I meant maybe Entourage is moving data around in the mailbox file which would result in all associated bands being changed.

For example, if I have a simple text file ("abcdefghijklmnop") split into bands or 5 characters each (band1="abcde", band2="fghij", etc) and I insert the letter A at the beginning of the file, then every band would be change (now band1="Aabcd", band2="efghi", etc.) Whereas if I just added the letter to the end of the file then only the last band would be changed.



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How should Time Machine be setup?
Authored by: cmcd on Nov 13, '09 06:45:35AM

I've done additional analysis, with both TimeTracker and Finder/Path Finder. It does appear that Time Machine is just backing up the bands that have been modified since the last TM backup - as expected. The surprise for me is how much space the bands are taking up - again, I'm seeing about 400-500mb per daily backup. I suspect the issue is the 8mb band size. For example, for the few backups I examined, the number of bands was 50-70 - multiply by 8mb per band and I get my number. And 50-70 modified bands may correspond to about the number of emails I receive/send in a day (though it seems a bit high).

So, maybe the answer is to convert the sparsebundle file to use either smaller - or much larger - bands. Since email messages are usually small, maybe use 1mb bands instead of 8mb. Then, 70 bands will only be 70mb (except when I receive emails with large attachments). I think hdiutil can convert sparsebundle band size. Any thoughts? My problem is I'm dealing with 2 sparsebundles: the relatively small Microsoft Identities file, and the huge Time Machine backup file on the Time Capsule.



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How should Time Machine be setup?
Authored by: everkleer80 on Nov 13, '09 09:52:18AM

I think you're right on with changing the band size. But it sounds like the messages may be spread throughout the file rather than being grouped together (not sure about this) which means that multiple messages may or may not go into one band depending on how close together they are in the mailbox file. So if you increase the band size to, say, 16 MB, and have 10 new messages that are all < 1MB and are grouped together, then they may all go into the same band and you will only have to backup 16MB, but then again if the messages are spread apart in the file and each one goes into a different band, then you will be backing up 160MB. So I think smaller is definately the way to go here so no matter where in the data your messages are, you will be backing up closer to the amount of data that actually changed (maybe make the bands 1 or 2MB if you can?)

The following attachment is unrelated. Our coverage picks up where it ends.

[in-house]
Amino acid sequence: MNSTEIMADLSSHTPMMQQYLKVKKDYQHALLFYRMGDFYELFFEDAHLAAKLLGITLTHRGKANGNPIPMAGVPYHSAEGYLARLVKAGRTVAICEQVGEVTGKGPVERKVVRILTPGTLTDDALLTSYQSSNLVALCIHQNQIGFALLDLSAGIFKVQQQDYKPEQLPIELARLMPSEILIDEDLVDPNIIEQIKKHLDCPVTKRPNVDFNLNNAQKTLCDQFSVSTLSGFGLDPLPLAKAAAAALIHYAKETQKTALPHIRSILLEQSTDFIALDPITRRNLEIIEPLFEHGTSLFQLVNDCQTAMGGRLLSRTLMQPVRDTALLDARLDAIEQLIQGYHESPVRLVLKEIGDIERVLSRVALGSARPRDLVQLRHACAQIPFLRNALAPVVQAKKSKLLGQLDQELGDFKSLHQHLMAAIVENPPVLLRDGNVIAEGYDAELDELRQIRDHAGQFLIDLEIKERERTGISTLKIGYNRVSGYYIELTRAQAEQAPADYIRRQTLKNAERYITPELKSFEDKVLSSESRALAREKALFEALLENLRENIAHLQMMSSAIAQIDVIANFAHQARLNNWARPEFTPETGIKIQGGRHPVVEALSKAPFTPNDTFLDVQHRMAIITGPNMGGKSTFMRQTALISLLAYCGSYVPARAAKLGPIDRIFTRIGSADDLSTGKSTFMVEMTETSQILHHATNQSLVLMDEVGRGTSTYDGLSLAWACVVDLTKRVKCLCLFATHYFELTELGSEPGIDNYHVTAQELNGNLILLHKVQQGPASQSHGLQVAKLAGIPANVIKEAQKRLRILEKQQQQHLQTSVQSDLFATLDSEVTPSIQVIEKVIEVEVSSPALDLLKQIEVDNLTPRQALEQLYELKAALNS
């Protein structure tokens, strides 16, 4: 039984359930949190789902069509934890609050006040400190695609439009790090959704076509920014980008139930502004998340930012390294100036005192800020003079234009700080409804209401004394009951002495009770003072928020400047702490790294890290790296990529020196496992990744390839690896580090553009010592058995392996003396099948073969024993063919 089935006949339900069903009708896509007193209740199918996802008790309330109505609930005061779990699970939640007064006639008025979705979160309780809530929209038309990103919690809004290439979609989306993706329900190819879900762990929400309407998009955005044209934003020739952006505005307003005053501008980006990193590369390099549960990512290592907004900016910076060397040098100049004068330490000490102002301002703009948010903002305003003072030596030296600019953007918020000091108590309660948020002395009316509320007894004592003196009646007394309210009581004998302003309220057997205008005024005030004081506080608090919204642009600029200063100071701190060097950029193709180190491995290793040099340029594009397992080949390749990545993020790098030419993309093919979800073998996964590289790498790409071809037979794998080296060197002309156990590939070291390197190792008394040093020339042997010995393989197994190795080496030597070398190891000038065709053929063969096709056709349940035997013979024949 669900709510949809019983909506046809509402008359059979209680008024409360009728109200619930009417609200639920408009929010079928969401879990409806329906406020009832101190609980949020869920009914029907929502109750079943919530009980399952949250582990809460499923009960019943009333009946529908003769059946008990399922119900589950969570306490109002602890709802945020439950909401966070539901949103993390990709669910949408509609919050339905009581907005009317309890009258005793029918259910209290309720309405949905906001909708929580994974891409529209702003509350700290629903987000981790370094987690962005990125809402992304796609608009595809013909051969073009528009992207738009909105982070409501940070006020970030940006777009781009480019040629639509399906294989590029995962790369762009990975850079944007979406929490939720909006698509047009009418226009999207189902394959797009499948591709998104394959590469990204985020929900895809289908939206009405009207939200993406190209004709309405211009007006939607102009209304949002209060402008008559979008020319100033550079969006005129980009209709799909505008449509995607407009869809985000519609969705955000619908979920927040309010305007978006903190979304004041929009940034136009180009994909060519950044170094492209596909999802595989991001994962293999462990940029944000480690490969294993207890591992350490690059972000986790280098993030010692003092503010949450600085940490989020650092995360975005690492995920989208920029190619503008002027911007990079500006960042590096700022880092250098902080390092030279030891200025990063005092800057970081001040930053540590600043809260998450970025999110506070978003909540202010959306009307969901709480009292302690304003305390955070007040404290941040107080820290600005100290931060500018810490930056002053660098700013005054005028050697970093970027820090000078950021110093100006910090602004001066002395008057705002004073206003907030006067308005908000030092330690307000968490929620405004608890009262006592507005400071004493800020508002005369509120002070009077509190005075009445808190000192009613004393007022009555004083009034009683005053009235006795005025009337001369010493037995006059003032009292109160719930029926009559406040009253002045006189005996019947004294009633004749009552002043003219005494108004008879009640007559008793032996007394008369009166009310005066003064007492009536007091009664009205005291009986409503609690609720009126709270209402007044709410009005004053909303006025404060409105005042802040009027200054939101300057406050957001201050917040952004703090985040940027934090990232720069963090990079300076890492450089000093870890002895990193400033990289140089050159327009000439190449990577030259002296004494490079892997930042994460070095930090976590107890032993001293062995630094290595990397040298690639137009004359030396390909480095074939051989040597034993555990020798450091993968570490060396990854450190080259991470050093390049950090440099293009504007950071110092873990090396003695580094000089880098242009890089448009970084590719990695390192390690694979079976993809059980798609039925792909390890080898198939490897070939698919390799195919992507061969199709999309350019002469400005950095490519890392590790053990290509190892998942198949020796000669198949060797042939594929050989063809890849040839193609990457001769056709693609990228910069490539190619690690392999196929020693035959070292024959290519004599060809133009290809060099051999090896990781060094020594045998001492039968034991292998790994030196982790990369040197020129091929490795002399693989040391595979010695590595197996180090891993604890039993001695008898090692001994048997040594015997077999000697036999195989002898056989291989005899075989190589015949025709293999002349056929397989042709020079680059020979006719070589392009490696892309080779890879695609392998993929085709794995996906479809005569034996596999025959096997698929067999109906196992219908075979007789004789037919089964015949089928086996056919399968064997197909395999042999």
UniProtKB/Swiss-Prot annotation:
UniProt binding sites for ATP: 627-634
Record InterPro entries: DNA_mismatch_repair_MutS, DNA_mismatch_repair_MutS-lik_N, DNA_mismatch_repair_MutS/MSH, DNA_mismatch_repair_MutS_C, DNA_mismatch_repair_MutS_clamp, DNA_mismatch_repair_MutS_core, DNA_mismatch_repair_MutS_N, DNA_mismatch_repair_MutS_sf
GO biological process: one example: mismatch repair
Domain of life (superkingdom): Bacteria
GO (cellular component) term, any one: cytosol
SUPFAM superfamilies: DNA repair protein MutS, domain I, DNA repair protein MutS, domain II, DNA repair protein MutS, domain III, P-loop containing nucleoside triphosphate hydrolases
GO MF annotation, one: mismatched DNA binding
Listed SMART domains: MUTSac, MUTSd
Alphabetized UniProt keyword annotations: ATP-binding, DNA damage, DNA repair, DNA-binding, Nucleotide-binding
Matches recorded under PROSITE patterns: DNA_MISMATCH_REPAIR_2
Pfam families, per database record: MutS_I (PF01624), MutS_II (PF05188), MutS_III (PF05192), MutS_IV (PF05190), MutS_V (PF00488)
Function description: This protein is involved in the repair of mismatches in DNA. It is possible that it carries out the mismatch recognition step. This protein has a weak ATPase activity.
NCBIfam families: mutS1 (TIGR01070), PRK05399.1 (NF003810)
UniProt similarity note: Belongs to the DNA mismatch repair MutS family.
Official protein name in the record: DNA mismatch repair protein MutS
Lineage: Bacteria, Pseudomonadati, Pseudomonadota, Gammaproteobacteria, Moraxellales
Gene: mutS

I'm not sure if you're saying there is any sort of problem with your TM sparsebundle or not or if your just commenting on the fact that we're dealing with two different sparsebundles, but anyway I don't think you should do anything to the TM bundle. I'm not sure why exacly TM backs up directly to the drive if it's local, and to a sparsebundle if it's a network drive, but either way I'd leave that one alone and just let TM manage it.



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How should Time Machine be setup?
Authored by: cmcd on Nov 16, '09 01:54:14PM
OK, now I'm using a sparsebundle file with 1MB bands instead of the default 8MB. It's soon after the change and I'm still monitoring, but the conversion appears to have the desired result - my backup is now in the 100MB range instead of 500MB range. Maybe 500KB bands would reduce the backup size further, I don't know. I used this command to convert the sparsebundle file:
hdiutil convert ~/Documents/Office_2008_backup.sparsebundle -format UDSB -tgtimagekey sparse-band-size=2048 -o ~/Documents/Office_2008_IdentitiesNEW.sparsebundle
where Office_2008_IdentitiesNEW.sparsebundle is the converted file with the 1MB bands. After the conversion, I created a new alias pointing to the converted file.
Edited on Nov 16, '09 01:55:08PM by cmcd


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How should Time Machine be setup?
Authored by: cmcd on Nov 17, '09 01:26:15PM

According to the man page for hdiutil, 1MB bands are the smallest allowed.